Wireless charging is a feature few people probably even knew they wanted, but Nokia managed to pique everyone’s interest by announcing the Lumia 920 the week prior to the iPhone event. The 920 has wireless charging, and this seemed novel enough that its absence in the iPhone 5 was something to latch onto.
The subject churned up enough commotion that Apple’s product guru, Phil Schiller, even defended the absence in his interview with Ina Fried.
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Setting aside the Apple vs. The World marketing fight in the press, I think the attention this feature merited speaks to a widespread interest in the idea of wireless charging. There is something deeper here that evokes emotion in smartphone users. The idea of wireless charging holds immense appeal. Unfortunately, the reality of the technology doesn’t live up to our expectations.
Visit any tech conference (or probably any non-tech conference, too, for that matter), scan the walls, and you will always find someone charging their phone. The tell-tale white cables can be found in every public, and not so public, power outlet. If you are like me, you probably have at least one extra power cord in your backpack or bag. When I travel for business, I have three or four — iPad, phone, computer, plus an extra for ‘just in case’. When I travel for leisure it’s worse, as everyone in the family needs a power adapter.
So when people hear “wireless charging,” they assume they can do away with all that.
Sadly, that is not the case. Schiller put it well when he said that people do not need another device to plug in. And that’s just what wireless charging means today. You still need a power adapter. It still needs to be plugged into the wall, but at the other end is some device that you can place your phone on. The only savings is the millisecond it takes to actually plug your charger into the phone.
Wireless charging has been around for several years. The first phone that prominently featured it was the Palm Pre, which came out four years ago. It featured a charging station that magnetically docks with the phone. The fact that very few phones since then offered wireless charging speaks to two problems with the feature — one technological the other institutional.
The technology problem is that power is not magic, it is electricity. To channel the current from a charging station to a phone requires added components in the phone. The power point disappears from the exterior of the phone, but it still exists on the inside. And getting electricity from the charger into the phone is still something of an exact process — the hidden components have to line up. The charging station that came with the Palm Pre had magnets that aligned with magnets in the phone to make sure the power source and the power drain in the phone lined up precisely. I imagine the solution on the Nokia Lumia 920 is similar. Other solutions, such as accessories from Powermat, require that the device lines up in a specific spot on the charging station, and on some Powermat products this requires a little bit of work.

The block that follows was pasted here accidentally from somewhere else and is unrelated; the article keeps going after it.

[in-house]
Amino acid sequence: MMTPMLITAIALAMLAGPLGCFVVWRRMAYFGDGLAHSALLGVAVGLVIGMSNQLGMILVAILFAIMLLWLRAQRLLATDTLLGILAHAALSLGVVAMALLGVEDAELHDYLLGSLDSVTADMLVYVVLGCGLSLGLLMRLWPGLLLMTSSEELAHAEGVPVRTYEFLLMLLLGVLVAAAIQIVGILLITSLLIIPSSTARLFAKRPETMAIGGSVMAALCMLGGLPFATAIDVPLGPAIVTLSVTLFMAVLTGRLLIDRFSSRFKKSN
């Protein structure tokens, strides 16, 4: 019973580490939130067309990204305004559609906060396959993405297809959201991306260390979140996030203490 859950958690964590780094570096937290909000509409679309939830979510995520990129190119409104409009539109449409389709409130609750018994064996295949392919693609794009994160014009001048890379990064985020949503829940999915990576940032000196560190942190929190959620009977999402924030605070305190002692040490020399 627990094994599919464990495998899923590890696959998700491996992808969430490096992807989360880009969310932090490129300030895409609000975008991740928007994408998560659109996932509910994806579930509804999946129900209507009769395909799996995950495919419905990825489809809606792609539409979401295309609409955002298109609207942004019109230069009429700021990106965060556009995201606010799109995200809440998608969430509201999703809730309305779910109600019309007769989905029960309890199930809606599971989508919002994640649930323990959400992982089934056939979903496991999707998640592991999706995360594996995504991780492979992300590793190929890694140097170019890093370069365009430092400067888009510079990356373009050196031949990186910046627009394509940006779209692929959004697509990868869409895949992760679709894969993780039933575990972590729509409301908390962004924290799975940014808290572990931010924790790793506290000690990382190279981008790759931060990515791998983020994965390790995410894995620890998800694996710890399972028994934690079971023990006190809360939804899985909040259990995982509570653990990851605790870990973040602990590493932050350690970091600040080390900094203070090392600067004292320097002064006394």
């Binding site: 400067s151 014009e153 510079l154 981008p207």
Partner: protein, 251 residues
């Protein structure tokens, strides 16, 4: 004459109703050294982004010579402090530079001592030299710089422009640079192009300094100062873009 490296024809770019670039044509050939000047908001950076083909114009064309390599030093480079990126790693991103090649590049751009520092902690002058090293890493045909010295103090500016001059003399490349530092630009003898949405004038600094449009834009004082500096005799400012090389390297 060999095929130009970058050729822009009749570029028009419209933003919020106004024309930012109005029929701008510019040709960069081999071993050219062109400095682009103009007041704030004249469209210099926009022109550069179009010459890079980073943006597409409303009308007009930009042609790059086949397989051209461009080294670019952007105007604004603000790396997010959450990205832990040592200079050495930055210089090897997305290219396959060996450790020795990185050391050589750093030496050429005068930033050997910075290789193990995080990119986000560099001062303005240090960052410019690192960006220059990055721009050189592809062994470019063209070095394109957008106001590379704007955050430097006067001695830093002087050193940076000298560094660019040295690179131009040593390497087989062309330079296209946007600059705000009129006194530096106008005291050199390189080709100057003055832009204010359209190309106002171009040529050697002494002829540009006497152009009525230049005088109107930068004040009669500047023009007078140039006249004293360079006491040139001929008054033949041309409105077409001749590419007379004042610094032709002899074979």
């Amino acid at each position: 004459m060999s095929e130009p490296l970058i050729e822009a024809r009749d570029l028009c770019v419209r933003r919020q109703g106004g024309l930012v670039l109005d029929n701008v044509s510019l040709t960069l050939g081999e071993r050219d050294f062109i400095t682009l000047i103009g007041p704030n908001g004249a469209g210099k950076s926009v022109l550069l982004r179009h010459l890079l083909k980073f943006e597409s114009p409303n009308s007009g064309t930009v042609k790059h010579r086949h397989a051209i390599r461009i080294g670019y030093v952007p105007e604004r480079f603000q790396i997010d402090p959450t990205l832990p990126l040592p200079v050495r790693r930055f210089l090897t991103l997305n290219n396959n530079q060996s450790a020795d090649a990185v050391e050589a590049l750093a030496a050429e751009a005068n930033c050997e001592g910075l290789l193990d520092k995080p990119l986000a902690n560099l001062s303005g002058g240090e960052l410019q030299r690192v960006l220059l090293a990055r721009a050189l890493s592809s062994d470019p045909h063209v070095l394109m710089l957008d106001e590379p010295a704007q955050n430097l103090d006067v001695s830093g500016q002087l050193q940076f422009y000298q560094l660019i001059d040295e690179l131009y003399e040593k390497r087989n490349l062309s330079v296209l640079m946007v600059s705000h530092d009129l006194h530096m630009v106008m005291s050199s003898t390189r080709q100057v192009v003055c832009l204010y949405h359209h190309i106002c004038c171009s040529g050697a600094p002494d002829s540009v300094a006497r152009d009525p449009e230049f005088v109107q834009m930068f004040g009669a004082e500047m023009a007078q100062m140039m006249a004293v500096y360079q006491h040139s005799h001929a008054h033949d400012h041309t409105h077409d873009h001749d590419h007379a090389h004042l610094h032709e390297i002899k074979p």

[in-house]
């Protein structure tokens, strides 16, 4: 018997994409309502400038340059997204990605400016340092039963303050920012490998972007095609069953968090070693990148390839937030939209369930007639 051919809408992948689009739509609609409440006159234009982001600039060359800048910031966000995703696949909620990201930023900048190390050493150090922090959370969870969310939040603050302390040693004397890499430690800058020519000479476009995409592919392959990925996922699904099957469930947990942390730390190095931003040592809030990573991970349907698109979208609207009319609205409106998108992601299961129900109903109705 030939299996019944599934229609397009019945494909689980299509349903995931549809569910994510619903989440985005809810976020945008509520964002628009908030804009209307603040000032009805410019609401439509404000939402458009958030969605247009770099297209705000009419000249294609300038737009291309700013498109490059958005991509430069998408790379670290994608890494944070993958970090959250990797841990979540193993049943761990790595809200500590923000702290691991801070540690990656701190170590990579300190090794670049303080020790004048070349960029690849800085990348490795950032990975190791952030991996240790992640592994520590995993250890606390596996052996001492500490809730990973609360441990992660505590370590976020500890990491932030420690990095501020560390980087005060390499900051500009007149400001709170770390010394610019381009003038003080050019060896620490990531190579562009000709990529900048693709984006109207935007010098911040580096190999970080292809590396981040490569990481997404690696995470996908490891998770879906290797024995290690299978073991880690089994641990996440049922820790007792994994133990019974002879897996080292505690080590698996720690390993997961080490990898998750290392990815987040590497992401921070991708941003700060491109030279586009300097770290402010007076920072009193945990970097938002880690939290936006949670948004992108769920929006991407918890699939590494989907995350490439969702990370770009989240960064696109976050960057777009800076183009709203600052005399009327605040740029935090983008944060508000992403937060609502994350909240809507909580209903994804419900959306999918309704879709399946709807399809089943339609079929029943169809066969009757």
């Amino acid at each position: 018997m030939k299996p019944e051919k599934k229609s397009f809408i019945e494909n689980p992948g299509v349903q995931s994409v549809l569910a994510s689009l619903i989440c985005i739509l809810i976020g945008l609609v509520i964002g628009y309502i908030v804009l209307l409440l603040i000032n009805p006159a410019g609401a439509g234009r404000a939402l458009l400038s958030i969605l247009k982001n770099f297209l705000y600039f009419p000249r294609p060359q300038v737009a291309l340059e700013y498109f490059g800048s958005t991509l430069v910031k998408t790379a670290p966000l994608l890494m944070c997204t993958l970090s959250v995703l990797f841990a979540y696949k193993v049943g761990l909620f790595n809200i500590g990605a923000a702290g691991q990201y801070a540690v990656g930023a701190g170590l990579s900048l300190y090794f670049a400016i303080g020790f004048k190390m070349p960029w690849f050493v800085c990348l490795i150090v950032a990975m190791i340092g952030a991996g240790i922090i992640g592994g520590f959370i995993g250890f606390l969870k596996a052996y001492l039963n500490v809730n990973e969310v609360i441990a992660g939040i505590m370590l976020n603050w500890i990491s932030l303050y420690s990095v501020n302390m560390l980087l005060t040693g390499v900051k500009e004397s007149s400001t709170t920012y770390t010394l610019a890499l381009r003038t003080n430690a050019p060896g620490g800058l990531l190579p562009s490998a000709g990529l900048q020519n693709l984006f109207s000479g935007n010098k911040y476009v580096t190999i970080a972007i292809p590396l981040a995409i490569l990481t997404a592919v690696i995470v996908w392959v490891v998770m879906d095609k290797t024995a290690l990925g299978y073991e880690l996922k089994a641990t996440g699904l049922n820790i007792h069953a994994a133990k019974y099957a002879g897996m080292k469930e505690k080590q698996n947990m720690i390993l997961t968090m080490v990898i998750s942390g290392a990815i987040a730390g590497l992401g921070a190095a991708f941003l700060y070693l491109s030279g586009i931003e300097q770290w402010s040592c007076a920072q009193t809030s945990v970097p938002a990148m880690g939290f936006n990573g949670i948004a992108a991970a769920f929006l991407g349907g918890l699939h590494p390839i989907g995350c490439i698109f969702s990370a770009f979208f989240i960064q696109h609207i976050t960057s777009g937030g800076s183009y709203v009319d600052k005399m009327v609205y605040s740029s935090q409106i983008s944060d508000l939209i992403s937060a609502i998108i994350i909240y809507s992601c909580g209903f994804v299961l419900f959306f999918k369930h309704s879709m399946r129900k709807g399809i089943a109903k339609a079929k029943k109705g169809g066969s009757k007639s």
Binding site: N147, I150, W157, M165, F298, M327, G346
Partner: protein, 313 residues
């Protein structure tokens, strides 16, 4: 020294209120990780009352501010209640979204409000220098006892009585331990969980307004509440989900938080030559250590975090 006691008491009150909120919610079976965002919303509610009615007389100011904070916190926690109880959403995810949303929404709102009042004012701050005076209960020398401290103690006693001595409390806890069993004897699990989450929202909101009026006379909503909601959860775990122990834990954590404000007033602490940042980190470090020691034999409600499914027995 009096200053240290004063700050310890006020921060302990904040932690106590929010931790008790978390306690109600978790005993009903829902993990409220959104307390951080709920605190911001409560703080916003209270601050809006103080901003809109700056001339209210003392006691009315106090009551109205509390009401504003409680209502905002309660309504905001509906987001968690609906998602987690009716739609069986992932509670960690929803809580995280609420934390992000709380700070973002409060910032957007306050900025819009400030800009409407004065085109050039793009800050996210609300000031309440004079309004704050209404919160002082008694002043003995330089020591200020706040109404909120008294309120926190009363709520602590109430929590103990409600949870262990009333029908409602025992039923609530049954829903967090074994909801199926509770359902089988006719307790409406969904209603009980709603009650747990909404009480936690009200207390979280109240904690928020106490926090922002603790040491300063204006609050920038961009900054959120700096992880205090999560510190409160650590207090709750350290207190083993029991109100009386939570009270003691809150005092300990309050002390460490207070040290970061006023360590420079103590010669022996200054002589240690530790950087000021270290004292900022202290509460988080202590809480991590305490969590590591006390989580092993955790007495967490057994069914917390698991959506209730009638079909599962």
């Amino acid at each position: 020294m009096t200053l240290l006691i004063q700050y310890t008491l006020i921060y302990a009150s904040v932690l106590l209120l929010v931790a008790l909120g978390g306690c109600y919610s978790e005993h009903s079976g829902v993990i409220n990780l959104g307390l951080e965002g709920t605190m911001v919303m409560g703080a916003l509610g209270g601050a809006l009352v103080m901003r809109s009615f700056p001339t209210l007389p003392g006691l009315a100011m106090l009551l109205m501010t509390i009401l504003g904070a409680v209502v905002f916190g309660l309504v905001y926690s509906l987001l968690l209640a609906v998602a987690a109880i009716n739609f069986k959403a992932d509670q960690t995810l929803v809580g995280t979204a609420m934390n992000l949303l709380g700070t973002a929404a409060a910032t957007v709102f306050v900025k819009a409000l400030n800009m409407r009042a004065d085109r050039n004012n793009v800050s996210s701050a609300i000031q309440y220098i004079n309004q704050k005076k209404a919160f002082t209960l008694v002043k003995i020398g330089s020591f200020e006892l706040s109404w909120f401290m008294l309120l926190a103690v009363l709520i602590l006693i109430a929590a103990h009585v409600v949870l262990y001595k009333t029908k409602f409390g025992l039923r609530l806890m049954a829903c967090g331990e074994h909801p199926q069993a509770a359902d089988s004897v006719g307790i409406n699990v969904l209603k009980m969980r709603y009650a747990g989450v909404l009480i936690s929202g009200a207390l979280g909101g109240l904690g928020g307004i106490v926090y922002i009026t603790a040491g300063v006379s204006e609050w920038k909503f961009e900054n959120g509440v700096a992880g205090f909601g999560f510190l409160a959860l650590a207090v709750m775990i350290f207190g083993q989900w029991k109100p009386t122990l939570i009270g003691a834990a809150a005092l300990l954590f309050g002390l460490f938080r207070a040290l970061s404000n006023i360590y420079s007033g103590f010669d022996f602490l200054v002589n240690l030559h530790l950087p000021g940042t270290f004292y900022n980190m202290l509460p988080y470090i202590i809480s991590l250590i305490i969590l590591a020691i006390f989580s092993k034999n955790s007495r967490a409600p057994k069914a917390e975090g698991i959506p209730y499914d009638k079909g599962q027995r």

This is the unspoken secret of wireless charging. You cannot just put a device on the charger. the phone has to sit in a specific spot. The technology is improving, and newer Powermat models have a bit more freedom of positioning. But there is a trade-off involved. Phones need metallic charging elements to receive wireless power. The more of these you put in a phone, the less precise positioning needed. However, little pieces of metal are not free, they can make a meaningful difference in the price of a phone. They also take up space, which could otherwise go to useful things like a bigger battery. They can require design changes to the phone’s radio to make sure those pieces of metal do not interfere with the phone’s antennas and risk disrupting WiFi or the cellular radio.
This problem is mostly solvable. “Mostly” in the sense that wireless power designers can probably get the technology to work “well enough” with a smaller sacrifice for the phone’s other elements. This then leads to the bigger issue facing wireless charging.